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Global Market Report - 18 March

Lewis Jackson  |  18 Mar 2022Text size  Decrease  Increase  |  
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Australia

Australian shares are set to rise as the S&P 500 and Nasdaq posted their biggest 3-day gains since November 2020. Oil and gold rebounded.

ASX futures were up 27 points or 0.4% at 7278 as of 8.00am AEST, suggesting a positive start to trading.

The S&P 500 finished up 1.2% on Thursday. It has climbed nearly 5% so far this week, which would represent its biggest weekly gain since late 2020. On Thursday, all 11 of the S&P 500's sectors were in the green. The tech-heavy Nasdaq Composite Index rose 1.3%. The Dow Jones Industrial Average added 1.2%.

Share markets are tentatively recovering ground from last week’s losses as sentiment continue to be buffeted by the consequences of Russia’s invasion of Ukraine. US shares dipped early in trading after Russia suggested peace talks were making little progress. A rebound took hold late afternoon as US banks reportedly processed payments on Russian debt, lowering the risk of a sovereign default.

Equities held onto their gains despite oil snapping a three-day losing streak and jumped 9.1% to US$106.98.

"This shows that we're not at the end of this conflict -- that the commodity price situation is not going to improve -- which makes it tougher for sentiment," said Esty Dwek, chief investment officer at FlowBank.

Locally, the S&P/ASX 200 closed 1.1% higher at a one-month high of 7250.8 as tech and financial stocks climbed following the Federal Reserve's interest-rate rise.

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The tech sector led gains for the second day running, illustrated by the 10% jump in Block's ASX-listed securities. EML Payments rose 7.2% amid positive analyst reactions to its move into European employee-benefits provision.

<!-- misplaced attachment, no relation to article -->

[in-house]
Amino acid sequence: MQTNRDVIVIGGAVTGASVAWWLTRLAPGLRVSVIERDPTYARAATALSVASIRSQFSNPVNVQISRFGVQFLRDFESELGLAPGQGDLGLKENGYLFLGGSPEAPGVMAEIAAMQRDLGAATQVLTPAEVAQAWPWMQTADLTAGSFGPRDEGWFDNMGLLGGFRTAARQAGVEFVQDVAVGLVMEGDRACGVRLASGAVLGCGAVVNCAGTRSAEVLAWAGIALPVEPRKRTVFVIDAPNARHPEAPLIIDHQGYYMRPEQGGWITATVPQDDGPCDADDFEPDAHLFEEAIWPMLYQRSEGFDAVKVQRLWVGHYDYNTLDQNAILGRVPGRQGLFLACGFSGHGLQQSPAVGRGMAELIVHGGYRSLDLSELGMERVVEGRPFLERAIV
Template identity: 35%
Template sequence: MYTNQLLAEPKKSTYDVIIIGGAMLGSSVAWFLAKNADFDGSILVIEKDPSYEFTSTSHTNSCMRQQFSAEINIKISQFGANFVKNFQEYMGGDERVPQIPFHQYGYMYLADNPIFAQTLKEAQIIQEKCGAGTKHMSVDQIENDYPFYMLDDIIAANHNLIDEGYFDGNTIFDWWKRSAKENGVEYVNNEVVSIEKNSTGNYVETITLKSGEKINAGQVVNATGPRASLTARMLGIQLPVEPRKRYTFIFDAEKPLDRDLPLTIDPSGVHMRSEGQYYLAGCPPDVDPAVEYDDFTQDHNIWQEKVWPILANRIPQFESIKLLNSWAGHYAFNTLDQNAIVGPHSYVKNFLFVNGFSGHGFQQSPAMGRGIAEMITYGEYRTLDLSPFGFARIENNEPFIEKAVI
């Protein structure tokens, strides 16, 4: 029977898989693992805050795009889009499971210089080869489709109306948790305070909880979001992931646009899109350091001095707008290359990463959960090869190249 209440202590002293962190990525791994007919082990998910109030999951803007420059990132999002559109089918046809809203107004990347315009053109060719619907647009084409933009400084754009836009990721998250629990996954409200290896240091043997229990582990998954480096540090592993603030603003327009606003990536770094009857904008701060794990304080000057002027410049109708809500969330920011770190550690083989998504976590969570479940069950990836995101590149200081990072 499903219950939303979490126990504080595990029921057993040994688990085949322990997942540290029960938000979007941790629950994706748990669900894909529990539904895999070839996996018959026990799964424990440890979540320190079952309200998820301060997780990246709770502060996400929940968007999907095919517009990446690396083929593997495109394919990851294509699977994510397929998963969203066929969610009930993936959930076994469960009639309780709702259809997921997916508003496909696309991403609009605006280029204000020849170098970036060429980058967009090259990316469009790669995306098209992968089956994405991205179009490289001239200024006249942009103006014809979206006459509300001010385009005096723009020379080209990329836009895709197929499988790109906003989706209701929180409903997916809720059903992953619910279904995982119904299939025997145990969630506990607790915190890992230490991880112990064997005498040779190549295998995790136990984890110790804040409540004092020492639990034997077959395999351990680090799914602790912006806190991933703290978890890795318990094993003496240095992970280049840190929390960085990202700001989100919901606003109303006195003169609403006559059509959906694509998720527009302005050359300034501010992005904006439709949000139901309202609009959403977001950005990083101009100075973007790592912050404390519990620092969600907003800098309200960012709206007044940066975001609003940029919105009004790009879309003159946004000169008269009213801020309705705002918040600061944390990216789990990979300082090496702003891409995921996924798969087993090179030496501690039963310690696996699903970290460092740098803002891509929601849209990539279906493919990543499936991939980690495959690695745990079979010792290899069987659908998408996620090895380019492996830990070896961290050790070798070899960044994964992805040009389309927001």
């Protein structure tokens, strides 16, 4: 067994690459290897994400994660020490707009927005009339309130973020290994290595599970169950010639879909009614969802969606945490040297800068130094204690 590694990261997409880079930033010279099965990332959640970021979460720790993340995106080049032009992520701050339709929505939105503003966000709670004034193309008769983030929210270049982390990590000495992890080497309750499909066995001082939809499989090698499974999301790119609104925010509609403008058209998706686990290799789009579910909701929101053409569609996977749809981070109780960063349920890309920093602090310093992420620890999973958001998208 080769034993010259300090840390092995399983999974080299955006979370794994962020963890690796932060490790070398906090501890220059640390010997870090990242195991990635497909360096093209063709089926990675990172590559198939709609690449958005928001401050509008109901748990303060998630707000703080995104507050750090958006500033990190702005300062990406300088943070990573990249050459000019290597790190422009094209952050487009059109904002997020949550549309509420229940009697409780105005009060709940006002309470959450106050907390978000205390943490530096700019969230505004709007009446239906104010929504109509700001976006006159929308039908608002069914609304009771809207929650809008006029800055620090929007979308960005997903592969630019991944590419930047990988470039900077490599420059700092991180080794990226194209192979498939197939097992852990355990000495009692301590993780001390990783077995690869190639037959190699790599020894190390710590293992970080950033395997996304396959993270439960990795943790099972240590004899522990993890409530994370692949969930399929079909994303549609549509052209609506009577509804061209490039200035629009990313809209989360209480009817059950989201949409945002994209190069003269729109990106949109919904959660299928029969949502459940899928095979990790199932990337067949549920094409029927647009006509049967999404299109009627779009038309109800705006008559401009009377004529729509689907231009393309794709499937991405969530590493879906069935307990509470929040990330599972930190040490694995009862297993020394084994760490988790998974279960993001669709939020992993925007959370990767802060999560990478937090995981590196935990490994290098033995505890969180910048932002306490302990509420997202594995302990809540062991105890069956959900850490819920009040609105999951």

Retail banks CBA, NAB and ANZ each put on around 1.3%, although Westpac fell slightly as Jefferies and Morgan Stanley expressed concerns about costs.

GrainCorp's pull-back from its record high continued as it dropped 2.8%, pulling the consumer-staples sector lower.

There is a creep forward in economists' views on the timing of the RBA's first interest rate hike. On Thursday, Morgan Stanley became the latest to join the camp that sees the first hike in August (from November) this year, arguing the bar for an increase will be reached earlier than expected.

Commodity markets rebounded after retreating for much of this week, gold futures rose 1.8% to $1943.20; Iron ore rose 1% to US$146.90 per tonne; Brent Crude jumped 9.1% to US$106.98.

Yields on the US 10-Year Treasury Note slipped to 2.17%, snapping a three-day streak a day after the US Federal Reserve raised rates for the first time since 2018. Investors may find the bank's rate hike a reassuring sign inflation will be brought under control. The yield on the Australian 10-year bond edged up to 2.50%. Yields rise when prices fall.

The Australian rallied for the second day in a row and was buying 73.75 US cents as of 8.00am AEST, up from the previous close of 72.87. The WSJ Dollar Index, which measures the US dollar against 16 other currencies, eased to 91.01.

Asia

Chinese stocks ended the session higher, extending Wednesday's sharp rebound as sentiment continues to be buoyed by top policy makers' promises of market-friendly policies, including milder regulation of the heavyweight tech sector. The benchmark Shanghai Composite Index rose 1.4%, while the Shenzhen Composite Index gained 2.2%. The tech-heavy ChiNext Price Index continued to outperform the other two benchmarks, ending 2.9% higher. Property companies, home-appliance makers and interior-decoration stocks led the upturn, riding on officials' show of support for the real-estate sector, as well as the government's suspension of a planned expansion of property tax trials.